Electronic health records, brought to you by Wal-Mart

The Australian government doesn’t appear keen on consumer-led e-health solutions such as Google Health or Microsoft Health Vault. Well, it could be worse: here’s an excerpt from The New York Times this week:

Wal-Mart Stores is striding into the market for electronic health records, seeking to bring the technology into the mainstream for physicians in small offices, where most of America’s doctors practice medicine.

“Wal-Mart’s move comes as the Obama administration is trying to jump-start the adoption of digital medical records with $19 billion of incentives in the economic stimulus package.

“The company plans to team its Sam’s Club division with Dell for computers and eClinicalWorks, a fast-growing private company, for software. Wal-Mart says its package deal of hardware, software, installation, maintenance and training will make the technology more accessible and affordable, undercutting rival health information technology suppliers by as much as half.

“’We’re a high-volume, low-cost company,’ said Marcus Osborne, senior director for health care business development at Wal-Mart. ‘And I would argue that mentality is sorely lacking in the health care industry.’

“The Sam’s Club offering, to be made available this spring, will be under $25,000 for the first physician in a practice, and about $10,000 for each additional doctor. After the installation and training, continuing annual costs for maintenance and support will be $4,000 to $6,500 a year, the company estimates.”

Read the whole story here

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Travelling down the health information highway

RJ Eskow has written a great article in the Huffington Post this week that explains in simple terms why electronic health records are a good thing. To wit:

“The digitizing of medical records could have a far more profound effect on health – and on our economy – than most people realize. The president said the recovery plan will ‘invest in electronic health records and new technology that will reduce errors, bring down costs, ensure privacy, and save lives.’ All that and much more is possible. With a new HHS Secretary and health czar, and a White House health care summit scheduled this week, this is the right time to act.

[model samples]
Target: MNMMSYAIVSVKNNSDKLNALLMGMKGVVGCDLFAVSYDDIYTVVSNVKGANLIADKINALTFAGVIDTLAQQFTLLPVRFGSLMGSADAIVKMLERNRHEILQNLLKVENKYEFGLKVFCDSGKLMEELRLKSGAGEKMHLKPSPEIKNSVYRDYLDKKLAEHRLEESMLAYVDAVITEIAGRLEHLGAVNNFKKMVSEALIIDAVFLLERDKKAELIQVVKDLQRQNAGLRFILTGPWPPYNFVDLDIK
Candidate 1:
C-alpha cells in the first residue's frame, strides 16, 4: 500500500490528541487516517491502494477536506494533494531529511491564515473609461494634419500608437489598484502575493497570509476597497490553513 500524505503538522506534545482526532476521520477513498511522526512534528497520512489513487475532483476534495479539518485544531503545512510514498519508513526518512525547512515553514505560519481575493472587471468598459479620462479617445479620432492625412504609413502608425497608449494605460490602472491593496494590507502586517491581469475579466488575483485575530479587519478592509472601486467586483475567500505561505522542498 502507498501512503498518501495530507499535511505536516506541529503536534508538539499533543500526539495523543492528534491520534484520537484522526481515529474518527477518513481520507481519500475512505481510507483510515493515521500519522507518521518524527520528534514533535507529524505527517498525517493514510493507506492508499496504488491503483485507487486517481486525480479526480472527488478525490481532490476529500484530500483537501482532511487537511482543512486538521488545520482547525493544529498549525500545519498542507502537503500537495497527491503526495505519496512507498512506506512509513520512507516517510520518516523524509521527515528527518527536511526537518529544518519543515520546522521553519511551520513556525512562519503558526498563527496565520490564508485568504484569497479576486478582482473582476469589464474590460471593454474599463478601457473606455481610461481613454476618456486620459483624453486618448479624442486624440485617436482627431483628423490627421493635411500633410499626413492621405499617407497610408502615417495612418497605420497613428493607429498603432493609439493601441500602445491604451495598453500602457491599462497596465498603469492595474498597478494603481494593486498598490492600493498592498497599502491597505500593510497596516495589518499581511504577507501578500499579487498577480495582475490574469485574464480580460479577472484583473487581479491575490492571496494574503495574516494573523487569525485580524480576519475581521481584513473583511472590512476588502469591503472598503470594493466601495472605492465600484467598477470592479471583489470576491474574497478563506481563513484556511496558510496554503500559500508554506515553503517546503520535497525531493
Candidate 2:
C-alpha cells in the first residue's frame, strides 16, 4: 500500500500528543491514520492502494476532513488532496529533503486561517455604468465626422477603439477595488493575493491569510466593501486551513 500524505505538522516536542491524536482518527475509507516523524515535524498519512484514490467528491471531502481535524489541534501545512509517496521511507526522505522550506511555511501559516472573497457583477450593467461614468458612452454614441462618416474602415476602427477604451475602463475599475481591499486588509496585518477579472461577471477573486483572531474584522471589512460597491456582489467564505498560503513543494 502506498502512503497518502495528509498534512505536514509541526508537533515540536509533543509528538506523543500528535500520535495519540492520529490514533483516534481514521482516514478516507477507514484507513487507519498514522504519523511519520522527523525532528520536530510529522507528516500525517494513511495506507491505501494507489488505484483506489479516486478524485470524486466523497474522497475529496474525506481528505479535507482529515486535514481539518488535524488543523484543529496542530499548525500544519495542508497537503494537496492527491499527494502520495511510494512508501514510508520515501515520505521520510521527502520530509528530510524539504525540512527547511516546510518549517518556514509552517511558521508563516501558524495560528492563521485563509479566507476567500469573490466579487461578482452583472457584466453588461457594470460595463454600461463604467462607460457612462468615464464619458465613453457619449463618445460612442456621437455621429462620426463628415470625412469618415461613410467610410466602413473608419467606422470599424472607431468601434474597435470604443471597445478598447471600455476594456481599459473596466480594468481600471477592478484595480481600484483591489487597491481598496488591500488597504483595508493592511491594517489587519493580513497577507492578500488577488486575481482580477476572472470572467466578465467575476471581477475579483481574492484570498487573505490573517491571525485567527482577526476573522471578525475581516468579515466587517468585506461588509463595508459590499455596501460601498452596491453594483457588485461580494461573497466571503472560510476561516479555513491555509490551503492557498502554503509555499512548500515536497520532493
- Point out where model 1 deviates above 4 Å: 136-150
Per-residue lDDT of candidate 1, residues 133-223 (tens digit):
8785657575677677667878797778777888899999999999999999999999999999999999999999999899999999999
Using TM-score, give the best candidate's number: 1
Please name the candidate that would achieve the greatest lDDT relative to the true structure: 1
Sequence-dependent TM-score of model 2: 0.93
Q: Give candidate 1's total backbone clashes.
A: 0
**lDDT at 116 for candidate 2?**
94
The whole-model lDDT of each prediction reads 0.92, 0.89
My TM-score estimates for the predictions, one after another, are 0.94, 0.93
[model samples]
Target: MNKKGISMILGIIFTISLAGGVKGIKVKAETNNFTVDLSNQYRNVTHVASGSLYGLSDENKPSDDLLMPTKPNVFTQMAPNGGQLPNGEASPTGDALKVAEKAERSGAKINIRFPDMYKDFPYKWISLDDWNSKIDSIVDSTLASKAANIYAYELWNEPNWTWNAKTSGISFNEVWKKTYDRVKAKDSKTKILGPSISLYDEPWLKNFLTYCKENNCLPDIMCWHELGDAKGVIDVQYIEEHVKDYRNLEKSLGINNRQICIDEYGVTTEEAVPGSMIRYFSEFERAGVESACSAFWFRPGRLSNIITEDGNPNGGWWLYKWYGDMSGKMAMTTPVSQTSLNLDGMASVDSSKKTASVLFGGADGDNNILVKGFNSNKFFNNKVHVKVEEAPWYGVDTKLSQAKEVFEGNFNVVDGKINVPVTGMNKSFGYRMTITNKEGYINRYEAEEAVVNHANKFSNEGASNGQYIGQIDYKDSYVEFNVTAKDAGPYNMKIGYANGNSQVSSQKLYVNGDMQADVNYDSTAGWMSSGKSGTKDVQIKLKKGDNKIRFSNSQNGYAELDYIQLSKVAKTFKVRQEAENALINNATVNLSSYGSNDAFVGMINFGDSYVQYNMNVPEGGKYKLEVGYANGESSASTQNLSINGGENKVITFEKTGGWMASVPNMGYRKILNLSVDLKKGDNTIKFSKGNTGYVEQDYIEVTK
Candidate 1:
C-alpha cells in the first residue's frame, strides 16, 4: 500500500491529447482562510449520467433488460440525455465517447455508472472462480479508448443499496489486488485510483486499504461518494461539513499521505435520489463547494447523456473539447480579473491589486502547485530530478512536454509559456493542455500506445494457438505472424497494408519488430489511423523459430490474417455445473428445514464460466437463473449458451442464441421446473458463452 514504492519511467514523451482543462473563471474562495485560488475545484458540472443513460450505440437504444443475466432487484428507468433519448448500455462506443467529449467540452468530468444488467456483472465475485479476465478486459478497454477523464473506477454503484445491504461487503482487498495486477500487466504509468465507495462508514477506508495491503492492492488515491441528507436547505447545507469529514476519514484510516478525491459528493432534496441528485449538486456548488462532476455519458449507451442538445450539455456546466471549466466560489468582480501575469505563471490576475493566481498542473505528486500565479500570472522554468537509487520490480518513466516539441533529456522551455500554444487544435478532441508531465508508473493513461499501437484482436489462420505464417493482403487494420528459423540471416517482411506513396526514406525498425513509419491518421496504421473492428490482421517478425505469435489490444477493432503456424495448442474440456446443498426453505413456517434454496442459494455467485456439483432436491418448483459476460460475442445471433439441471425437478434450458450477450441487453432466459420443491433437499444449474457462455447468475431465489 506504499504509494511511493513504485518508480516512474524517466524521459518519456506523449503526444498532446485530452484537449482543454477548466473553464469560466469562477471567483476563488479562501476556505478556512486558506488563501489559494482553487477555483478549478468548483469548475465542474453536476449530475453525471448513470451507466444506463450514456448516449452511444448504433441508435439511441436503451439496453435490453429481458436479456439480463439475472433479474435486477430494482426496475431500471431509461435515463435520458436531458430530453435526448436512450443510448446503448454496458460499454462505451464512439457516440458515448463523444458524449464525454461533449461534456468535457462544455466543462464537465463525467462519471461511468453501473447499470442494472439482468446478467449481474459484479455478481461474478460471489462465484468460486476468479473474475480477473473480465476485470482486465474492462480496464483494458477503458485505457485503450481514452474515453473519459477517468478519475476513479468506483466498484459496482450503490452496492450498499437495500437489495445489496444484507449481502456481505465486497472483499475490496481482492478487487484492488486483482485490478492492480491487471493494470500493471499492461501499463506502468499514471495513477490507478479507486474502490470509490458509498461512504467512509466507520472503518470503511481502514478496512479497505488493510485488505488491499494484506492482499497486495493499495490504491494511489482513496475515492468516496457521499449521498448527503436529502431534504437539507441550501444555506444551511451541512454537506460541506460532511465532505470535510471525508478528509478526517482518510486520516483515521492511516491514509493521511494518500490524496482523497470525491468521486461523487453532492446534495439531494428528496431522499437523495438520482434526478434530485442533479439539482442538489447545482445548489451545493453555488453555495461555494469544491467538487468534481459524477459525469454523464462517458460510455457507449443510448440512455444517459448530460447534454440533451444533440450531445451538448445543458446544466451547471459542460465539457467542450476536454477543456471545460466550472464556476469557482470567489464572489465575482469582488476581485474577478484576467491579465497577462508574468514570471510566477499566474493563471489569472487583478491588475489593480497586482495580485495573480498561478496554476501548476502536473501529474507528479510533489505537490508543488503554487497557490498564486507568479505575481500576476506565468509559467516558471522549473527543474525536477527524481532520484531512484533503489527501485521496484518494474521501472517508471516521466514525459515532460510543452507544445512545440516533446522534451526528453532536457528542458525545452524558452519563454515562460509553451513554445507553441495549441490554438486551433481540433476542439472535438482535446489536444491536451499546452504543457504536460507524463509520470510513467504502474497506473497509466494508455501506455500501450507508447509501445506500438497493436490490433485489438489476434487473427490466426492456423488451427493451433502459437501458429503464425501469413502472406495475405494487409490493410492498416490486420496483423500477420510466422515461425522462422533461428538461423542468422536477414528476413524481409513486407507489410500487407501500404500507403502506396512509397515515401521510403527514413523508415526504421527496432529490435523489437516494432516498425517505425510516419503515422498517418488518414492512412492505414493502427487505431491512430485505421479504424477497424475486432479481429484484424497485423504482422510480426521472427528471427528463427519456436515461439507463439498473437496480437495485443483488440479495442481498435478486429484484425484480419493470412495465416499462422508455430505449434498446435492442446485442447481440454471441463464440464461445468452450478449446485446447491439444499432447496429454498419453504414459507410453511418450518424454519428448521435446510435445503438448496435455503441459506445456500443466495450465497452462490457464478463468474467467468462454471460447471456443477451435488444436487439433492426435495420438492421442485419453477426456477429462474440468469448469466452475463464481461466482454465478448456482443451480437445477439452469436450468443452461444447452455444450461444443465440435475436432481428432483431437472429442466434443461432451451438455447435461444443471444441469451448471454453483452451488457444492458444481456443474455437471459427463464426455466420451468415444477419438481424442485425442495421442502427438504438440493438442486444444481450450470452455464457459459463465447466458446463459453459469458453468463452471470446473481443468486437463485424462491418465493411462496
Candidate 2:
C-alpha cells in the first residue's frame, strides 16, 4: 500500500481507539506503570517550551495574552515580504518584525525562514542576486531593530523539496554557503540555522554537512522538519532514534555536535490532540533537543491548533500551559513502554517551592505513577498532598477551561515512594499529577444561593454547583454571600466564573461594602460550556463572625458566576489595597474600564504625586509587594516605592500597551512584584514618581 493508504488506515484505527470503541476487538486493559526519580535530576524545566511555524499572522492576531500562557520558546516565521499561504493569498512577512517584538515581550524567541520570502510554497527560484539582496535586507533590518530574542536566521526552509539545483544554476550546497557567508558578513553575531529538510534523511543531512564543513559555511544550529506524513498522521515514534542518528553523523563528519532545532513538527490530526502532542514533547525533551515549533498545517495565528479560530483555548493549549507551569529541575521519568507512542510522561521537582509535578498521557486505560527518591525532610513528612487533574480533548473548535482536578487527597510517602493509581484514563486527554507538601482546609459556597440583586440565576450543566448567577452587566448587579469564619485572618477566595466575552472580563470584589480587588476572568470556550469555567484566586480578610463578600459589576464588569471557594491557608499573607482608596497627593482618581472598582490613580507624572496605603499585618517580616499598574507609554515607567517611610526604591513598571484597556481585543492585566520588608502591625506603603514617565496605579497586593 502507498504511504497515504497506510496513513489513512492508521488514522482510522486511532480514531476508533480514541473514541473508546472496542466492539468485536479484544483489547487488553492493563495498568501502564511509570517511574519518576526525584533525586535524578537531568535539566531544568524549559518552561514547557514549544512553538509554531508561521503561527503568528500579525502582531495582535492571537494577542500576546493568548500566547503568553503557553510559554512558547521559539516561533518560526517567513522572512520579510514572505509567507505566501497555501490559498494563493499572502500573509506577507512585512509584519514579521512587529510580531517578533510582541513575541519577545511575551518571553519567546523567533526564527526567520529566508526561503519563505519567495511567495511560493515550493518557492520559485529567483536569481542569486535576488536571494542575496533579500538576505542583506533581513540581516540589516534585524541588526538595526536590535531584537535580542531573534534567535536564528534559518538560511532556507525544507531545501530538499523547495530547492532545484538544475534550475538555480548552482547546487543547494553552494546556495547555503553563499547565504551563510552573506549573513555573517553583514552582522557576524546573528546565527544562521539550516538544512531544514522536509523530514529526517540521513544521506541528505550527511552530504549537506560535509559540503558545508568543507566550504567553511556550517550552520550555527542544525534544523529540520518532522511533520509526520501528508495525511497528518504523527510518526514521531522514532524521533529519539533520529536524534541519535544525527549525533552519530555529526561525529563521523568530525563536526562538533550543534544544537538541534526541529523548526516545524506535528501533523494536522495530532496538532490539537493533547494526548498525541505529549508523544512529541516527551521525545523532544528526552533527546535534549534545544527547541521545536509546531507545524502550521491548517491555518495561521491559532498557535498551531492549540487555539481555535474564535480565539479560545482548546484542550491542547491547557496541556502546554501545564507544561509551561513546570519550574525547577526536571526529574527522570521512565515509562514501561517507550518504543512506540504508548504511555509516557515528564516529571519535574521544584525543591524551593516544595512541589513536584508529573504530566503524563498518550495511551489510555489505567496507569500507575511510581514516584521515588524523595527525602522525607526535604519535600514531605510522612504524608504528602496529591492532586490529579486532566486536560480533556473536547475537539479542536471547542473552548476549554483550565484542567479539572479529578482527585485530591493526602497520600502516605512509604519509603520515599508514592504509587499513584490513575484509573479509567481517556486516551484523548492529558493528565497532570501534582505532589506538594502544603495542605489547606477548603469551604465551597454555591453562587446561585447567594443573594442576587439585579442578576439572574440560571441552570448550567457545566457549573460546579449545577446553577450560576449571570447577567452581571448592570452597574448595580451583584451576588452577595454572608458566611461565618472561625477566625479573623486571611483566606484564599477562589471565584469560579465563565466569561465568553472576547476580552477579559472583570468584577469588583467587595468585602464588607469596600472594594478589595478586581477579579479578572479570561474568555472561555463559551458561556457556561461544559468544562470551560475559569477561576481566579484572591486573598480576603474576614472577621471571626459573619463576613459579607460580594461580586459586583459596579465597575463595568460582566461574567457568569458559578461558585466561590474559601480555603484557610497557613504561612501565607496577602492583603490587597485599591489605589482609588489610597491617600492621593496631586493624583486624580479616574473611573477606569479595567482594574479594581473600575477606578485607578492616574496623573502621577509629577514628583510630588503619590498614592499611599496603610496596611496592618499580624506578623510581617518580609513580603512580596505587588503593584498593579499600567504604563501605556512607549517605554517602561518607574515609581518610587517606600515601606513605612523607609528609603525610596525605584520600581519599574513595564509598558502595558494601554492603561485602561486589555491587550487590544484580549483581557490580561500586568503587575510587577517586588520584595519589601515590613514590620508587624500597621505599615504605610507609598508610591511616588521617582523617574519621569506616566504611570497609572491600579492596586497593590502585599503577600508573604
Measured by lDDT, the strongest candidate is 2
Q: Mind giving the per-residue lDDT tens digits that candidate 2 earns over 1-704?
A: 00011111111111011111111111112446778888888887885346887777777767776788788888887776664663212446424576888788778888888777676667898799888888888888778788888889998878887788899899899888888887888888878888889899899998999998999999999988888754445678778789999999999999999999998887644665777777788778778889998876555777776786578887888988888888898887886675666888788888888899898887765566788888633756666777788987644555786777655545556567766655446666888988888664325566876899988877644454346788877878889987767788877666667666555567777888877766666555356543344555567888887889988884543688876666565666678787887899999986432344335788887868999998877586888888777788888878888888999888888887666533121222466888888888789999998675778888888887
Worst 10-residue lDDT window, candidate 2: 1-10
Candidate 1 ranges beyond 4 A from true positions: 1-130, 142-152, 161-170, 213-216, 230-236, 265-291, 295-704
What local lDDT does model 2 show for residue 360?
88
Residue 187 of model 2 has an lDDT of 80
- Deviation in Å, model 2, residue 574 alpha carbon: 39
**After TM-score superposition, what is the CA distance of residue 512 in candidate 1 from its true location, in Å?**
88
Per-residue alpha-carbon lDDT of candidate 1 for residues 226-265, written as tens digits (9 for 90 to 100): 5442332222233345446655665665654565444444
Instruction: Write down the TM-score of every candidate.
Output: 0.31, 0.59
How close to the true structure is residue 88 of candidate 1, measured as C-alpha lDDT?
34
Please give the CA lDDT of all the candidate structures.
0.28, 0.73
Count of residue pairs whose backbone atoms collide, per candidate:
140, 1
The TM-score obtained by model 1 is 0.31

“‘Electronic health records’ don’t sound like a particularly exciting or innovative idea. But neither did ‘a network that could quickly reroute digital traffic around failed nodes’ in case of military attack, or ‘dynamic routing protocols to constantly adjust the flow of traffic’ between computers. Yet those were the modest original goals of ARPANET – which evolved into the Internet as we know it today.

“Paradoxically, computerizing the health system in this country could make it much more humane than it is today. But that calls for a broad vision of health IT as an ‘information highway’ that stores information, looks for problems, and eases the many routine interactions that make up the health system.”

The article concludes: “A comprehensive strategy should lay the foundation for a boom in private initiatives. If the Internet’s any example, people will meet these needs… and hundreds of others nobody’s thought of yet. That won’t just help us save money and improve healthcare. It could also create a new mini-boom in the technology and service sectors of our $2 trillion health economy.

“And that sounds a lot like a stimulus to me.”

Well said.

EHRs and investment deficit disorder

Just read a comprehensive, well-researched, thought-provoking article in the New York Times about the global economic crisis and the tasks facing Barack Obama as he tries to turn the US around. Smack dab in the middle of it was, of all things, a reference to electronic health records:

“One good way to understand the current growth slowdown is to think of the debt-fueled consumer-spending spree of the past 20 years as a symbol of an even larger problem. As a country we have been spending too much on the present and not enough on the future. We have been consuming rather than investing. We’re suffering from investment-deficit disorder.

“You can find examples of this disorder in just about any realm of American life. Walk into a doctor’s office and you will be asked to fill out a long form with the most basic kinds of information that you have provided dozens of times before. Walk into a doctor’s office in many other rich countries and that information — as well as your medical history — will be stored in computers. These electronic records not only reduce hassle; they also reduce medical errors. Americans cannot avail themselves of this innovation despite the fact that the United States spends far more on health care, per person, than any other country. We are spending our money to consume medical treatments, many of which have only marginal health benefits, rather than to invest it in ways that would eventually have far broader benefits.”

Sadly, Australia is not one of those “rich countries” referred to in the article; our progess toward implementing electronic health initiatives is far behind even the US…

There is also a discussion on how the US spends too much on medical treatments that don’t work particularly well (trouble ahead for the pharma industry). The whole article is well worth reading: http://www.nytimes.com/2009/02/01/magazine/01Economy-t.html?_r=1&pagewanted=all